“It was not Maynard or her family who widely shared the video that attracted national attention to the issue of aid-in-dying legislation. Maynard reached out to Compassion & Choices, said Toni Broaddus, California campaign director for the organization. The nonprofit … promoted Maynard’s video, organized primetime interviews, perpetuated a national conversation and continued to share her story after her death.

“Compassion & Choices and other such organizations have taken advantage of the latest digital technologies to bolster the conversation about the right to die.

“‘It’s clear that social media is the reason this issue has gained so much momentum so quickly because it is now possible for a story like Brittany’s to go global in just a matter of hours,’ Broaddus said.”

Bill Monning, Toni Broaddus, Dan Diaz, Lois Wolk

After analyzing more than 25,000 tweets from April and May 2015 from nonprofits, journalists and individuals with a large following, the Peninsula Press concluded the tweets from established organizations generated the highest amount of conversation about the option of medical aid in dying.

The global recognition of Brittany’s story garnered the attention of California Senate Majority Leader Bill Monning and Senate Majority Whip Lois Wolk, who subsequently sponsored the End of Life Option Act (SB 128).

“Senators Bill Monning and Lois Wolk, SB 128’s sponsors, approached Compassion & Choices regarding the bill shortly after Maynard’s death in November of last year. The senators officially introduced the bill in January 2015.

“ … it marked the first time that legislators reached out to the nonprofit and not the other way around. Compassion & Choices was not planning to go to the Legislature during 2015, Broaddus said. The nonprofit, however, was ready to seize the opportunity the senators presented them.”

The story notes the national attention on Brittany’s story undoubtedly played a significant role in prompting the California Medical Association (CMA) to drop their long-standing opposition to medical aid in dying, a key moment in the successful campaign to persuade the legislature to pass the bill.

“One of the key shifts in the legislation’s likelihood for success came after the California Medical Association (CMA), a historic opponent to aid-in-dying legislation stated on May 20, that it was neutral on the passage of the legislation.”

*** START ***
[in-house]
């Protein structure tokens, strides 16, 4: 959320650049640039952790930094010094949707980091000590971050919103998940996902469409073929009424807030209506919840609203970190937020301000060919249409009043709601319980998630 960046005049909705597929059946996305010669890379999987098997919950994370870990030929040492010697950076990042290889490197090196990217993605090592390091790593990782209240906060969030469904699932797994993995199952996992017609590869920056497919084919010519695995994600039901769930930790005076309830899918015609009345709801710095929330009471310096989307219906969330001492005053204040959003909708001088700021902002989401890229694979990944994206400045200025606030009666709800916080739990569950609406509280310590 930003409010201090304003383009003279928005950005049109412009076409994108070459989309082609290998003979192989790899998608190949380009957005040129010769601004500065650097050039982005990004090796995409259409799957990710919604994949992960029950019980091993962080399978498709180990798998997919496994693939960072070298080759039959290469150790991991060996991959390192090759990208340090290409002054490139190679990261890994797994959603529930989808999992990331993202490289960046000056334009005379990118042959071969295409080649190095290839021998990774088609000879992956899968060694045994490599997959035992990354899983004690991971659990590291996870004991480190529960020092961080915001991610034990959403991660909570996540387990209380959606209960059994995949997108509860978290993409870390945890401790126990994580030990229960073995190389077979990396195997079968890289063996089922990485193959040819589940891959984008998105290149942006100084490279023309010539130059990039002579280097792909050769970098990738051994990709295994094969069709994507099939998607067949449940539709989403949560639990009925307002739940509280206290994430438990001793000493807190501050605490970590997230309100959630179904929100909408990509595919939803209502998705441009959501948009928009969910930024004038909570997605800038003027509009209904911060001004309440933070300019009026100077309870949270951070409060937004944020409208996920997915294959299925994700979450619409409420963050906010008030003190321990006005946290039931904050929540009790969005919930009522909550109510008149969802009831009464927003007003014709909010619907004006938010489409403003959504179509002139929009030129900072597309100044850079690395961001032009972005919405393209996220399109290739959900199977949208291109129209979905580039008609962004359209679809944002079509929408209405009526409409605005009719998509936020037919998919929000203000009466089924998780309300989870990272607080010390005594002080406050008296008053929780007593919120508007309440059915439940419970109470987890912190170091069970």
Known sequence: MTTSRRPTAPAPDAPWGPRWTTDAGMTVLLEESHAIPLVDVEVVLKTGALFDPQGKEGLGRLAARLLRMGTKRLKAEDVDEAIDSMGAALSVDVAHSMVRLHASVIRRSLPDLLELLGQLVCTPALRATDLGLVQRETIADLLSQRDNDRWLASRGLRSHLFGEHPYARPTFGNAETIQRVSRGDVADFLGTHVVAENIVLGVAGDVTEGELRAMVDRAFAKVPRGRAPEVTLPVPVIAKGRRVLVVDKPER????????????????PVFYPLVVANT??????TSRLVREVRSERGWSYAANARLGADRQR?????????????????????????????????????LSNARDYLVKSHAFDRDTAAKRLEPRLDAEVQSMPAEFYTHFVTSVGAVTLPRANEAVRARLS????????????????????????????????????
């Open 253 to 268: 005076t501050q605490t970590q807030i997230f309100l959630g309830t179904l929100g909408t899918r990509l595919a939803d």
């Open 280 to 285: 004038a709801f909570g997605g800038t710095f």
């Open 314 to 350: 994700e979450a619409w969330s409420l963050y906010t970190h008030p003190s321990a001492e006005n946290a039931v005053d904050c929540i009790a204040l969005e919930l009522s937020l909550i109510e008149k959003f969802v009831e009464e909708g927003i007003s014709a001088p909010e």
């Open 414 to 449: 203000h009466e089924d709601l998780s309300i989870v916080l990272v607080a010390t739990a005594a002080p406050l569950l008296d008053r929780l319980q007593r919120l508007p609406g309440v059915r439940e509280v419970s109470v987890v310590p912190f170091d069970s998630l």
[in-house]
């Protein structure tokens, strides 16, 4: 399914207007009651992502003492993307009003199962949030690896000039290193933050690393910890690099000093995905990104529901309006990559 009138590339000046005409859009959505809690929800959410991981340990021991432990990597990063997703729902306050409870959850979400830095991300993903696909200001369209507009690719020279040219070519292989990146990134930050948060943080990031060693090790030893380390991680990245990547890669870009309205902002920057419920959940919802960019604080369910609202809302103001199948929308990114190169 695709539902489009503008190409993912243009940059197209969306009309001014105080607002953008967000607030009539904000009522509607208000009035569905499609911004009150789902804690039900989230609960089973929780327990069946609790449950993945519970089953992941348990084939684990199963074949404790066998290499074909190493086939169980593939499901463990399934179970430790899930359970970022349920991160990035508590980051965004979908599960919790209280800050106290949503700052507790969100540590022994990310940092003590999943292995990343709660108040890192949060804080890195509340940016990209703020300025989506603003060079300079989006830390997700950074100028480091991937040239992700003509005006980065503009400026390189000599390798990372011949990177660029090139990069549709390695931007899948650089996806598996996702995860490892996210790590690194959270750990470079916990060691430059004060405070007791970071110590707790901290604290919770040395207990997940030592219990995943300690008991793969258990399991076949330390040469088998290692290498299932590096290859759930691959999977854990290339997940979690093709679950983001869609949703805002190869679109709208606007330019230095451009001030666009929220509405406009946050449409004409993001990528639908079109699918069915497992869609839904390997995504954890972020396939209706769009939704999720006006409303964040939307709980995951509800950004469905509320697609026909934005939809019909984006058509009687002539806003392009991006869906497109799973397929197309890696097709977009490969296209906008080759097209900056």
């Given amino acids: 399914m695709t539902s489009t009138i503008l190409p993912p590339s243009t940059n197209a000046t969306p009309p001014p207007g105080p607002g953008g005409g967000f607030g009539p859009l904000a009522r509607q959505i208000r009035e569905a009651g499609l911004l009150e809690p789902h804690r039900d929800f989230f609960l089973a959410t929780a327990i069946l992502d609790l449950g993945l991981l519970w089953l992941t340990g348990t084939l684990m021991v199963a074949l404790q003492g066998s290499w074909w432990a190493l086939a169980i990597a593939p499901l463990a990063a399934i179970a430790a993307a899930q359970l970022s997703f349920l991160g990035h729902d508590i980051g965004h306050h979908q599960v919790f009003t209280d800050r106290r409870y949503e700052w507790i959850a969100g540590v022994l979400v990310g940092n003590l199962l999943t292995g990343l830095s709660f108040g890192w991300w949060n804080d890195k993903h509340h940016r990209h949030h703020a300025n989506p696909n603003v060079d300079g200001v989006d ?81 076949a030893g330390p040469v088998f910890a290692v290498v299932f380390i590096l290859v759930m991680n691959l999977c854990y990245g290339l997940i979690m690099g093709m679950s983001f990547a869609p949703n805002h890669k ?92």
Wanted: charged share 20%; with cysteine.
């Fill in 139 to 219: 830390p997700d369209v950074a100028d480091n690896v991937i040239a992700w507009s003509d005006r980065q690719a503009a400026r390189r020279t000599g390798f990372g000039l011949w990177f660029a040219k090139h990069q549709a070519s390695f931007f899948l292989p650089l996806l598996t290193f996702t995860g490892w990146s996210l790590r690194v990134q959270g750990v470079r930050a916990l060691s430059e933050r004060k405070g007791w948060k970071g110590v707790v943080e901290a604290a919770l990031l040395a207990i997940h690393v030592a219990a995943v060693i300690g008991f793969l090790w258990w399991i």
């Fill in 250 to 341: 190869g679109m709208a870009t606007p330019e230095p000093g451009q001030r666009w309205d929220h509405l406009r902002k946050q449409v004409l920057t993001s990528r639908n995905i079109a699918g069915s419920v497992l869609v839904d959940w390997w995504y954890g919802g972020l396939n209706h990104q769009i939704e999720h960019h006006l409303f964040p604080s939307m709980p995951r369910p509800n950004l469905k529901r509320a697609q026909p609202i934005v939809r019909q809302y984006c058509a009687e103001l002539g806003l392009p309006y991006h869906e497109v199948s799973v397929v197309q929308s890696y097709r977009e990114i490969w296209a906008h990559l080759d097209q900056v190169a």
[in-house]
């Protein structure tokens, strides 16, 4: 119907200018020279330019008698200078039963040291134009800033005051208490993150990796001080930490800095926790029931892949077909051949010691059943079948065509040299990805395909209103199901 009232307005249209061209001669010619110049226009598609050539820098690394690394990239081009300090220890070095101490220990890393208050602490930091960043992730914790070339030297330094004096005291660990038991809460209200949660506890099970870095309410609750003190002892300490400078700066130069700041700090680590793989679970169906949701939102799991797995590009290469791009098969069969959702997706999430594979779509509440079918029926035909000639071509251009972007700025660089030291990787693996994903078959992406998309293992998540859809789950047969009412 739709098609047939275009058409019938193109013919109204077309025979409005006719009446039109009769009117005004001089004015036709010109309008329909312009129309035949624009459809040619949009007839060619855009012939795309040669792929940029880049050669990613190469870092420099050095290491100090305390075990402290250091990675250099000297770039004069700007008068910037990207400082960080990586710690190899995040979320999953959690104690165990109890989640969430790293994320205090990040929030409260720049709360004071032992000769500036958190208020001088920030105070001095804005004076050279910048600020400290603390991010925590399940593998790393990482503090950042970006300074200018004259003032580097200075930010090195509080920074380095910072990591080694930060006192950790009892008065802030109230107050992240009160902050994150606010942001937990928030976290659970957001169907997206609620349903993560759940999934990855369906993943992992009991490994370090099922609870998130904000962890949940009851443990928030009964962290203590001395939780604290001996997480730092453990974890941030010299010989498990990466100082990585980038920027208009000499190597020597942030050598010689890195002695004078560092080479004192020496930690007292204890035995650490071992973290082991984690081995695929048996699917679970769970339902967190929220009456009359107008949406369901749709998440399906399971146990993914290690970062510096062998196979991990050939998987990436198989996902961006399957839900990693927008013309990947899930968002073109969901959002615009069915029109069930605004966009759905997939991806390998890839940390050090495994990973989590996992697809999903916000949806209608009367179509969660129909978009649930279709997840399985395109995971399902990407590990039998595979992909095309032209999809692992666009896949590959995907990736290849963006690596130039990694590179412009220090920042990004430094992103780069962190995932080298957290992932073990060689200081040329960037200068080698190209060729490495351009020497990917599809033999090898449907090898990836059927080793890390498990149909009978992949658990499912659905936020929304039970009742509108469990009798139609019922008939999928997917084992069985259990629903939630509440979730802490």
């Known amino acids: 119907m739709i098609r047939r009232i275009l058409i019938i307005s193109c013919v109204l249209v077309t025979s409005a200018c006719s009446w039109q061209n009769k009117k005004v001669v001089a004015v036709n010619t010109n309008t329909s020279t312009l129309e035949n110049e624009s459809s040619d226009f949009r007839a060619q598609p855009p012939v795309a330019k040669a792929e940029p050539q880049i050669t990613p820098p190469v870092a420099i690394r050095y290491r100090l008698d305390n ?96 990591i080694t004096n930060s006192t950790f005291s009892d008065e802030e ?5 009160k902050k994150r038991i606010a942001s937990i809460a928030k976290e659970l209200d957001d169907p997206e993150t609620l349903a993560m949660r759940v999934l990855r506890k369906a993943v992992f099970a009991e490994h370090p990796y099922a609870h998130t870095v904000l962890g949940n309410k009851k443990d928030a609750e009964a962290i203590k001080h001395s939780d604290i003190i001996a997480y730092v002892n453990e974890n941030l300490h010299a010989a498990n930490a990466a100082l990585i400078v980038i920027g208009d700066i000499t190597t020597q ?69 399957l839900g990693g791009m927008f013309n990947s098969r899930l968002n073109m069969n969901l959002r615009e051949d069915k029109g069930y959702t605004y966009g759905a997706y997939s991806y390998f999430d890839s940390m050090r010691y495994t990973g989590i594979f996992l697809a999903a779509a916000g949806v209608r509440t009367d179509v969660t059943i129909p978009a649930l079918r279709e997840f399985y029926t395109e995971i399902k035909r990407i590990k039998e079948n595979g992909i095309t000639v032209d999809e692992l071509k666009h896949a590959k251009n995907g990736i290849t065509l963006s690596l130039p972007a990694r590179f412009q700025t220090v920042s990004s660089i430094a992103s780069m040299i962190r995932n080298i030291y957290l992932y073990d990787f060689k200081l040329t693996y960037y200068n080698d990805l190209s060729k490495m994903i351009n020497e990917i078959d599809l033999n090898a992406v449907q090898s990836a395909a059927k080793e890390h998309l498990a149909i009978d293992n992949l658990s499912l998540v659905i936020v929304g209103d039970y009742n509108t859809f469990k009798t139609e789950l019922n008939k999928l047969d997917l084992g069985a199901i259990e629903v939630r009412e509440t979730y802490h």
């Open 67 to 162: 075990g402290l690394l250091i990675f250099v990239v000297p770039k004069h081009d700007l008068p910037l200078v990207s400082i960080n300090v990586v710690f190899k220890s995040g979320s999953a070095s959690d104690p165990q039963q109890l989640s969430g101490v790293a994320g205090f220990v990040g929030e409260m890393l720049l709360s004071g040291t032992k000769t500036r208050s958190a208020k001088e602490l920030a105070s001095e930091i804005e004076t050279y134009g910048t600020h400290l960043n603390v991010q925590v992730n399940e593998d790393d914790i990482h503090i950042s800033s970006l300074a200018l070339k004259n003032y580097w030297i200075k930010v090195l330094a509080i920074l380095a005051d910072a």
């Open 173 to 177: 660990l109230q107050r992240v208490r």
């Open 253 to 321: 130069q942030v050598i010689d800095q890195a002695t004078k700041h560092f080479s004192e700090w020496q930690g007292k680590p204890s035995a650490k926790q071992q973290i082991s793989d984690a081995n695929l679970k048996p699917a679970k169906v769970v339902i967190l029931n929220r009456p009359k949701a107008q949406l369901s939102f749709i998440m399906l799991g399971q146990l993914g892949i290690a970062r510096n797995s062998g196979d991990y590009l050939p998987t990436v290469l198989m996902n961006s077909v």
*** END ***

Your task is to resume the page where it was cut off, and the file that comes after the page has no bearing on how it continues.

Gov. Jerry Brown is expected to receive the revised version of End of Life Option (ABX2-15) by the end of this week. Compassion & Choices continues to utilize social media and other technology to educate and connect with supporters, urging them to tell Gov. Brown to sign the bill into law.

You can read the full Peninsula Press report here.

Death With Dignity Wins in California!

FeatureCompassion & Choices achieved an enormous victory on Friday when, after months of frenzied strategizing, campaigning and lobbying, California lawmakers gave final approval to the End of Life Option Act. Following emotional debate, the Assembly passed the bill with support 43 to 34 on Wednesday, and senators approved it on a 23 to 14 bipartisan vote on the final day of the legislative session. There is only one more important step before the Golden State has a death-with-dignity law – the governor’s signature. “Our hope, our fervent hope, is that Gov. Jerry Brown will sign this bill and bring relief to hundreds of dying Californians,” said Campaign Director Toni Broaddus in an NPR story on the landmark event.


Volunteer Spotlight: Marilynn Freeman

IMG_20150911_084713765_HDR (1)Holistic health practitioner Marilynn Freeman of Silver City, New Mexico, became involved in issues surrounding death and empowerment more than 20 years ago. “I think that end-of-life choices really incorporate holistic-health living,” says Freeman. “I see so many people who follow what they believe to be a holistic path. Then as soon as they run into trouble, they hand themselves over to the medical community instead of looking for holistic answers and looking at their belief system.”

Freeman learned about Compassion & Choices when her husband, James “Kelly” Kindig, who had been in declining health since 2003, began seeking a way to end his increasing suffering. “There wasn’t any way that we knew of that wouldn’t implicate me. The chaplain from hospice had become friends with my husband, and he gave us a 3×5 card that read, ‘Call Compassion & Choices.’” More